Case Background/Summary A. The Company 1. Started by Walter Sullivan in 1983. The current site of operations is located at a busy urban highway intersection. Extensive renovation of the 30 yr. old building was done. 2. Walter Sullivan is well known in the community. 3. The company has both front-end (sales department) and back-end (service department) operations. 4. Sales department is composed of: a sales manager, seven salespeople, an office manager, and a secretary. 5. Service department is composed of: a service manager, parts supervisor, nine mechanics, and two service writers. . Sells both new and used cars. Large proportion of new car sales included trading-in old cars. 7. The company would also buy well-maintained cars at auctions and resell them at the lot. 8. Uses a third-party detailer and body shop for restoration of old cars 9. Considered at the lower end of the mid-sized dealership category with annual sales of 1,100 cars (both new and used). B. The Decision Maker 1. Carol Sullivan-Diaz has a bachelor’s degree in Economics as well as an MBA degree. 2. She is familiar with the operations by working for his dad during her student days. . She worked in the Health Care Industry with expertise in new service design, complaint handling, market research, and innovation of the day care programs. C. Status and Finances of the Company 1. Company financial position has been deteriorating for the past 18 and the company has been in the red for the 1st half of the year. 2. Car sales and service revenues are dropping and Industry forecasts of future car sales are looking grim. 3. In the last 12 months, Sullivan Auto World’s gross margins were 4. 6% and 24% for car sale and services, respectively.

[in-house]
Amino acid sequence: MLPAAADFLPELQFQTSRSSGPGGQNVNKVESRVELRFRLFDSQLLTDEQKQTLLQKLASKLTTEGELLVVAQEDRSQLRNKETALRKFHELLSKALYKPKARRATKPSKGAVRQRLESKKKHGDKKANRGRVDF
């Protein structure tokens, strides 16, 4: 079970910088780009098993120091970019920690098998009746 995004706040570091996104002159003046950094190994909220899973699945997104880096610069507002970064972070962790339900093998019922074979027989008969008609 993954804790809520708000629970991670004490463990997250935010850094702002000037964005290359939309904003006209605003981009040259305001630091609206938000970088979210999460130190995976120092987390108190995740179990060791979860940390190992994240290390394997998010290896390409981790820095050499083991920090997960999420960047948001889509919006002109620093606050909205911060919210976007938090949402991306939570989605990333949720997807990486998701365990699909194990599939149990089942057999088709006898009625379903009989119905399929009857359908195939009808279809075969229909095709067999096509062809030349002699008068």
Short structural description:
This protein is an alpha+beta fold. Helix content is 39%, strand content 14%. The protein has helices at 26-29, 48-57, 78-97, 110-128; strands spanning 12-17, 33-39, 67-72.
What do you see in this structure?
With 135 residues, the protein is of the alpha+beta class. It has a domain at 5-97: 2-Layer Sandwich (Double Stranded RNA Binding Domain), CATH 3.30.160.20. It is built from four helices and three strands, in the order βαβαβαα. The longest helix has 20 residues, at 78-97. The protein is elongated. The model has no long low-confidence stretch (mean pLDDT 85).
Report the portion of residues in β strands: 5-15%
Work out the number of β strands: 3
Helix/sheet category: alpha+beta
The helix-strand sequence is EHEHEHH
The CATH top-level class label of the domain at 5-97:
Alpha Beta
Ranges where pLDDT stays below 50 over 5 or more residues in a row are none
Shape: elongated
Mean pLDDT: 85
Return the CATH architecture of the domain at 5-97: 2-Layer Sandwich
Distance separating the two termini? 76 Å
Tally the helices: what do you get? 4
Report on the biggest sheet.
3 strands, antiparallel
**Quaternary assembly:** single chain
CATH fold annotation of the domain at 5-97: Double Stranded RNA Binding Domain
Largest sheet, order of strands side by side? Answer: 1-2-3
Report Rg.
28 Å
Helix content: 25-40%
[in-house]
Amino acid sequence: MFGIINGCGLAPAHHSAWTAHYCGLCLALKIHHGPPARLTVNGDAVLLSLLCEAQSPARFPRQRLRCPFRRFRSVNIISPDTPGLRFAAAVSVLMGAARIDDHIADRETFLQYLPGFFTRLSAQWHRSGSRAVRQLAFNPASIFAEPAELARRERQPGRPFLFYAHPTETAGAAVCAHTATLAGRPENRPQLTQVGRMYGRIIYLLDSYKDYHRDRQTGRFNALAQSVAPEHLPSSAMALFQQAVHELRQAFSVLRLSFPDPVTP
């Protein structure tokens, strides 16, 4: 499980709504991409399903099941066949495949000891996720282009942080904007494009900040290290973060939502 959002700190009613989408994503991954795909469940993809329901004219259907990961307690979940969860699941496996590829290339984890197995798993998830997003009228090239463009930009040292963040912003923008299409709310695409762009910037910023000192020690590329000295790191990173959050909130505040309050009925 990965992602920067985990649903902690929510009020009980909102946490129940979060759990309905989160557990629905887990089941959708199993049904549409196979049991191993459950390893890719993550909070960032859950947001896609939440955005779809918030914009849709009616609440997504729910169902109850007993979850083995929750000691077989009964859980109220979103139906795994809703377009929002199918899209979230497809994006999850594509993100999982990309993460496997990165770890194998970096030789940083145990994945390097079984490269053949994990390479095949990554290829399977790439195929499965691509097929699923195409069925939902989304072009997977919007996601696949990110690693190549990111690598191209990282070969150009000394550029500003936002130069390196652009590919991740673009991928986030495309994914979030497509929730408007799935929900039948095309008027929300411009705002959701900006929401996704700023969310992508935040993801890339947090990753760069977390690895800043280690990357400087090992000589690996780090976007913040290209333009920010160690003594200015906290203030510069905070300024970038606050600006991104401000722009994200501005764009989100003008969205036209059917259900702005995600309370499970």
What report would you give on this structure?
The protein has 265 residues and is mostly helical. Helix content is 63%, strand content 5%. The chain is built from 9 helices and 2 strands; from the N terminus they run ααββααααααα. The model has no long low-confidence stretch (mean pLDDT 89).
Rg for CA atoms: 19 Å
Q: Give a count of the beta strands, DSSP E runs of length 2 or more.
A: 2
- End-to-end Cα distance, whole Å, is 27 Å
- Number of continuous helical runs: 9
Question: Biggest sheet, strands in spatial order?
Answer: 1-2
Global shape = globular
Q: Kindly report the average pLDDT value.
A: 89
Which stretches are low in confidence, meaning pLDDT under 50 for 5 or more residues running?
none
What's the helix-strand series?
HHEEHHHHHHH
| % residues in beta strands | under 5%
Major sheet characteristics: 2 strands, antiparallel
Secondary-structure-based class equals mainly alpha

These were insufficient to cover the dealership’s fixed expenses and are below industry standard for contribution margins. 4. The trend in selling gross mix is now shifting from sales to service while sales margins for new cars were substantially lower than that of the used ones. D. Service Operations 1. The service department has new machinery and ample space for additional customers. 2. The service writer position has a high turnover rate. 3. Miscommunication in the Services Department is evident. 4. Bad service environment and wrong customer interphase. 5.

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The service work orders are not computerized; most of the paperwork is handwritten. 6. Service manager is very gruff and argumentative when dealing with customers. E. Customer Survey Results 1. Level of customer satisfaction is low - placed at bottom 25% of all Ford dealerships. 2. Worst ratings for service included convenience of work schedule, service hours, and appearance of the service department. 3. They scored average on promptness of service, availability of parts, and quality of work. 4. Poor ratings scored on politeness, understanding of problems, and explanation of work by the service department. 5.